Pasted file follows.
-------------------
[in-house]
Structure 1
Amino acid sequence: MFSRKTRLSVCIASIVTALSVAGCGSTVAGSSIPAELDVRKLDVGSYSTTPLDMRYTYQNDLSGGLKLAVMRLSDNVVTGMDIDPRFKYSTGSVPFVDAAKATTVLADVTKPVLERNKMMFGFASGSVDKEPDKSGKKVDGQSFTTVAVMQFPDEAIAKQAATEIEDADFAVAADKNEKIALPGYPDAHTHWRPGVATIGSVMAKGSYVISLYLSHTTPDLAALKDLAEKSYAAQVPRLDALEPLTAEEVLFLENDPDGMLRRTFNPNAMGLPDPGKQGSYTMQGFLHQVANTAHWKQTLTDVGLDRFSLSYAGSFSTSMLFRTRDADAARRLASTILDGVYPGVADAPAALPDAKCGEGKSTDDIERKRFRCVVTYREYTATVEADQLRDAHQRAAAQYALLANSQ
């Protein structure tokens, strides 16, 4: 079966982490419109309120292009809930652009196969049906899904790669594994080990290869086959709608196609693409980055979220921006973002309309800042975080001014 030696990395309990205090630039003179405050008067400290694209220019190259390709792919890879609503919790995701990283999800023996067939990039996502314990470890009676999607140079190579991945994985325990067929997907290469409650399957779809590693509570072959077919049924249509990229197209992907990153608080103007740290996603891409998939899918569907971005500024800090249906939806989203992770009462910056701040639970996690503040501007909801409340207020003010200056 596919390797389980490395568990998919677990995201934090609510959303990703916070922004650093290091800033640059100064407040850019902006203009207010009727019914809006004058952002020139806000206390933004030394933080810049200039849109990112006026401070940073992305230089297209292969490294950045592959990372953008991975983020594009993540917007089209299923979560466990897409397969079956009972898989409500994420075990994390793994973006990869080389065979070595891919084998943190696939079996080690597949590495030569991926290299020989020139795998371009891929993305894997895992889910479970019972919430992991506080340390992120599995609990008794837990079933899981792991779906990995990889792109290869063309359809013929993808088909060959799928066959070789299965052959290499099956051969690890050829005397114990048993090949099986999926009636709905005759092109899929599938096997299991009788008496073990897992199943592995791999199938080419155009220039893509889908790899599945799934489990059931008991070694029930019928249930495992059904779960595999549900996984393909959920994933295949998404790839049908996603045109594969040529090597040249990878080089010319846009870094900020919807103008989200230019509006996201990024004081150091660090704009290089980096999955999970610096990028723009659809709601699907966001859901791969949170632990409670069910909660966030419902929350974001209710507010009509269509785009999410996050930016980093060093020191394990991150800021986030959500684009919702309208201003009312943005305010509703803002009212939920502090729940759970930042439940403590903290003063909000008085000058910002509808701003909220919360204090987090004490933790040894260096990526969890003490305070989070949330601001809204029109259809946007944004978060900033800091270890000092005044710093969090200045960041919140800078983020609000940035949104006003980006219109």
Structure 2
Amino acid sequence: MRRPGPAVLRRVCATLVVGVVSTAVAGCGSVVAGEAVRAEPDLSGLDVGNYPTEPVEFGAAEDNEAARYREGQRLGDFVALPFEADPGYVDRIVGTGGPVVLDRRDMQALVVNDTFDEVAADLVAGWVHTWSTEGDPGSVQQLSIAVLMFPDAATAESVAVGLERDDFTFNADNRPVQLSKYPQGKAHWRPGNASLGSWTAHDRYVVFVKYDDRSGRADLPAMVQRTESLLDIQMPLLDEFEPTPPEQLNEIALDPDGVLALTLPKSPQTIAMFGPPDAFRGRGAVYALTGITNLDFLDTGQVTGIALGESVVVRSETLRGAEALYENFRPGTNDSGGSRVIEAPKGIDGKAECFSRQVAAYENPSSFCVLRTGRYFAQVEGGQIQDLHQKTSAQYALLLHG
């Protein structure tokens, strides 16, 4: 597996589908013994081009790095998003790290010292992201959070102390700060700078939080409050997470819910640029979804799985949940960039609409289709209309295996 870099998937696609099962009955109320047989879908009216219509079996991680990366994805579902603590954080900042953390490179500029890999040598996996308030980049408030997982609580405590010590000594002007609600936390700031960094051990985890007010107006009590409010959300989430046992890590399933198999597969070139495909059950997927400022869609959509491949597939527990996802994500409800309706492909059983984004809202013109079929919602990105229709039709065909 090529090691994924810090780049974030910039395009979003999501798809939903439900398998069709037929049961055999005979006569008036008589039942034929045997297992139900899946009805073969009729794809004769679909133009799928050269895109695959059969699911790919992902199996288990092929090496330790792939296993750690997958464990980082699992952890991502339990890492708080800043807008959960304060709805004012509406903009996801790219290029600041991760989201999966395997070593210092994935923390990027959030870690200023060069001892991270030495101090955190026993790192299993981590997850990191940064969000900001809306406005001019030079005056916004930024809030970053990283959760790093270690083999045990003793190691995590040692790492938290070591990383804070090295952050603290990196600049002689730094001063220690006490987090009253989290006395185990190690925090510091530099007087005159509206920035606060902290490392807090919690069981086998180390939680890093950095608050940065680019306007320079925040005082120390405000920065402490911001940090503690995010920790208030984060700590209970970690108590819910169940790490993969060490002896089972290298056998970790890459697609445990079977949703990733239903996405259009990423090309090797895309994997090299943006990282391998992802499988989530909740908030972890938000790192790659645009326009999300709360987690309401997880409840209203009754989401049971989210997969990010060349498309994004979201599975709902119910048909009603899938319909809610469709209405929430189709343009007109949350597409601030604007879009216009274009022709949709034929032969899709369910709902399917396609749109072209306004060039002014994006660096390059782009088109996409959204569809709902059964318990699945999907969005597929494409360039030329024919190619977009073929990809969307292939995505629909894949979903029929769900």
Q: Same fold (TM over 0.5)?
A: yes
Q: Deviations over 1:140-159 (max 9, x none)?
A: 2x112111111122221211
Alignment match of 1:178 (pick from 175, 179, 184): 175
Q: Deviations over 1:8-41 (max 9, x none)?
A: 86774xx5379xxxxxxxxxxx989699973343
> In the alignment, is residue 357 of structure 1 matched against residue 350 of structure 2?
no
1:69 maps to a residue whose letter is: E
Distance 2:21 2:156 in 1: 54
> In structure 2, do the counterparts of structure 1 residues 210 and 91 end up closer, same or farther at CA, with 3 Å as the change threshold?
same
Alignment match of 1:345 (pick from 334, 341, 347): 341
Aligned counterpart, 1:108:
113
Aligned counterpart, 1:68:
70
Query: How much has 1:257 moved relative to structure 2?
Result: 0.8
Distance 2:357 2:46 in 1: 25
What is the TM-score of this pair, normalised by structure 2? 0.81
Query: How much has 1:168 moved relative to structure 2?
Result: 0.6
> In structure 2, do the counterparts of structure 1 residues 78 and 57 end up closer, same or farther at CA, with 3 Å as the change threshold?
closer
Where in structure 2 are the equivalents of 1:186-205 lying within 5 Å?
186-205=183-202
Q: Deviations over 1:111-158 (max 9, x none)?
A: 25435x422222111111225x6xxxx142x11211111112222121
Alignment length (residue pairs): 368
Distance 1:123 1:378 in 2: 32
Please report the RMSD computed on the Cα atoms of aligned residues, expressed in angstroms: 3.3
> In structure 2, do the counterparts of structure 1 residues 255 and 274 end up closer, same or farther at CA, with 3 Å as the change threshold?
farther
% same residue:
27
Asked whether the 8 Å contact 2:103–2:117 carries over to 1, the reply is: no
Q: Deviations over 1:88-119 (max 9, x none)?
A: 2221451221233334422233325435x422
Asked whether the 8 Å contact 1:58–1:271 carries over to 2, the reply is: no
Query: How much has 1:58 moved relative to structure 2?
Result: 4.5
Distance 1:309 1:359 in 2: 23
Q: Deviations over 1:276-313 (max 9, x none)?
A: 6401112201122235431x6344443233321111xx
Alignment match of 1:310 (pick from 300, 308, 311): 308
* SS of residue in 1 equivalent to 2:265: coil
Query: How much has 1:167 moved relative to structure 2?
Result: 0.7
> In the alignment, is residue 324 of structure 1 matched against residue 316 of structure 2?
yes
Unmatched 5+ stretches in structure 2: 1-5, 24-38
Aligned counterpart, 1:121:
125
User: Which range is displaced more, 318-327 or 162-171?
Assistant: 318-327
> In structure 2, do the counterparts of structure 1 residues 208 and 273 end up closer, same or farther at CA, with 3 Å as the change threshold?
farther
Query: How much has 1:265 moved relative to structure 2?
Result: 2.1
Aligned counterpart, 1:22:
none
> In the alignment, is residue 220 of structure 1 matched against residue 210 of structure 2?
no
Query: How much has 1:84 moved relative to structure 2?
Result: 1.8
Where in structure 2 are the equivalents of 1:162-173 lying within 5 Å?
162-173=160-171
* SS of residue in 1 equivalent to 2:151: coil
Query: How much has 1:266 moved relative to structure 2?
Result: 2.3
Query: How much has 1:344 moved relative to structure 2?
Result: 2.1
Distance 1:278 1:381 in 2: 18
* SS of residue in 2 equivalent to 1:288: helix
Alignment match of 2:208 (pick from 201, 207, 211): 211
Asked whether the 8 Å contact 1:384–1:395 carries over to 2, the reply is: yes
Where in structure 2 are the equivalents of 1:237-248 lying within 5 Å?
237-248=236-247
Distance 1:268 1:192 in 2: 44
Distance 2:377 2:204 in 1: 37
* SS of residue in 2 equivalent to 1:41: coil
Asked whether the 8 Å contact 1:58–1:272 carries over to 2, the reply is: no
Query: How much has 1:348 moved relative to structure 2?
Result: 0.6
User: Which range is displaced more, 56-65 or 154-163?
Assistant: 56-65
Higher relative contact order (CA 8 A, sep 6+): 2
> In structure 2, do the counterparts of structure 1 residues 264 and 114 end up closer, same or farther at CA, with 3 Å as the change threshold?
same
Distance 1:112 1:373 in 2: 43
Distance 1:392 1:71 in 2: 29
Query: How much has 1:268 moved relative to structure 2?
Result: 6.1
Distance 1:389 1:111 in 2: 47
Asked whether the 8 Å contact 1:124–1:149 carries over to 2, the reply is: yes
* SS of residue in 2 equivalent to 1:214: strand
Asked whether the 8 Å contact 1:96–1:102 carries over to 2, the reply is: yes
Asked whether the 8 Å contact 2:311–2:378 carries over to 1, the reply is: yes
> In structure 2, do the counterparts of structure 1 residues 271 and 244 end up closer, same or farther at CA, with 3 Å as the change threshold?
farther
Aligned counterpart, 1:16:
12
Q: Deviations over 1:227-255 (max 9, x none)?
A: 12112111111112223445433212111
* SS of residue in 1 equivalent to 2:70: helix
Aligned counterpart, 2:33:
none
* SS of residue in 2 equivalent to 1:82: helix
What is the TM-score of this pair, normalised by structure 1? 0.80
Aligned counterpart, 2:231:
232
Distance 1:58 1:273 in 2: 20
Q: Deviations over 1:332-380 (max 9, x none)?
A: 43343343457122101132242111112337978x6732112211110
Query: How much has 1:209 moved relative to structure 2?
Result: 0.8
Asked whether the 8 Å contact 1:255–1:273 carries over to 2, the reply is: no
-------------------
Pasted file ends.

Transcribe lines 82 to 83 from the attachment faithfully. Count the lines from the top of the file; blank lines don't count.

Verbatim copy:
Distance 1:278 1:381 in 2: 18
* SS of residue in 2 equivalent to 1:288: helix